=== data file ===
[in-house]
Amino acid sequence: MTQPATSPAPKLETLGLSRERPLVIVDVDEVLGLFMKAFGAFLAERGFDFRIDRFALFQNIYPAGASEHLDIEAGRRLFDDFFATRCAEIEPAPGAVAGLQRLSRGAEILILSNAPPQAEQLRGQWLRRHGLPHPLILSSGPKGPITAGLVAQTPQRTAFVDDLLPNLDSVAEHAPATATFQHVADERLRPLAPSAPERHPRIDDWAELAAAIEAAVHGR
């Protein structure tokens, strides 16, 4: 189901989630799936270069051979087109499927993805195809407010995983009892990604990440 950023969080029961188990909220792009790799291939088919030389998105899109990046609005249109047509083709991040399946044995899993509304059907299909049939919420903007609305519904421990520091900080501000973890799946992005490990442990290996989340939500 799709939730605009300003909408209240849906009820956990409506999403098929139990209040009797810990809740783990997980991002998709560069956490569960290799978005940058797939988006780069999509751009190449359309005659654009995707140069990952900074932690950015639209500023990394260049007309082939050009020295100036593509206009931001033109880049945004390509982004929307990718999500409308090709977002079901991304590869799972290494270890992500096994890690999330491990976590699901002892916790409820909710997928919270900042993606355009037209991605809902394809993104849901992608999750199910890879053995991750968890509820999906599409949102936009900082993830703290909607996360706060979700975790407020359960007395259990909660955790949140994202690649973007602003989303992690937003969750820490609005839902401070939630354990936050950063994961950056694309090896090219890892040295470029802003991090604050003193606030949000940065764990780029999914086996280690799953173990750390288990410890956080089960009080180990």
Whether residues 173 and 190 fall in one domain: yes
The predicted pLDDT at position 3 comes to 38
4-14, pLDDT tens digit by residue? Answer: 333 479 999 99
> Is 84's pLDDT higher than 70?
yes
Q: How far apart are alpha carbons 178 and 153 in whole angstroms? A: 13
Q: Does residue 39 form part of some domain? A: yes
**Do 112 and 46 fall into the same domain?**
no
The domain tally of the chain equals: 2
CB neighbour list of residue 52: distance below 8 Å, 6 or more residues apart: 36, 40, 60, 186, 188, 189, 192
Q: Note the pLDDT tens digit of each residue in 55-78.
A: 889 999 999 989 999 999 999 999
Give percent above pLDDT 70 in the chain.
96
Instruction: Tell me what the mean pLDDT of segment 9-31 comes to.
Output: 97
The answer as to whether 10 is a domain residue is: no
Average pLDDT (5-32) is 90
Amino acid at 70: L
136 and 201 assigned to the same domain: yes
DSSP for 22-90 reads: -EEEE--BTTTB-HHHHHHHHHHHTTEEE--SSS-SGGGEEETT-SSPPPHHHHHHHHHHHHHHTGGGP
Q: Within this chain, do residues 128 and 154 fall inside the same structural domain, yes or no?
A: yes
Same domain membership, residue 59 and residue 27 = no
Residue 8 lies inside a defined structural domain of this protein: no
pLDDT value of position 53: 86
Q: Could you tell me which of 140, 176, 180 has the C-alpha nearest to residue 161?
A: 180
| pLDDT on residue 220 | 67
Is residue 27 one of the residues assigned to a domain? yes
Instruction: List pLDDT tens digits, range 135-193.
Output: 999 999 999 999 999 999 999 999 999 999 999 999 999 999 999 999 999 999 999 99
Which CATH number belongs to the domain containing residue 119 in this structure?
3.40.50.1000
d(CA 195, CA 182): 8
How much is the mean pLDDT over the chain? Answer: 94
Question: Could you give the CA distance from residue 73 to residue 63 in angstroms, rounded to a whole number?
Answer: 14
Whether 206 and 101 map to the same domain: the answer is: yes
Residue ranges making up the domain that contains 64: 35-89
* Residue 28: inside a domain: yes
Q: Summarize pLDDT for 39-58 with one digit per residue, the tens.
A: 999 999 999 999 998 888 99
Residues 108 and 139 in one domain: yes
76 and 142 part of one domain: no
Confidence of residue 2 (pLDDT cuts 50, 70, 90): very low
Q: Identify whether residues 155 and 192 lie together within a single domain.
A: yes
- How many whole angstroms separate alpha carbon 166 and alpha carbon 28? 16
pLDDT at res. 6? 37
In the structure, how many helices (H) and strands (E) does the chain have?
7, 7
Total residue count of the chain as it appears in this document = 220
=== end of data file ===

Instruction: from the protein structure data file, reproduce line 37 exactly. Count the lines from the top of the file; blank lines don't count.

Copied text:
Which CATH number belongs to the domain containing residue 119 in this structure?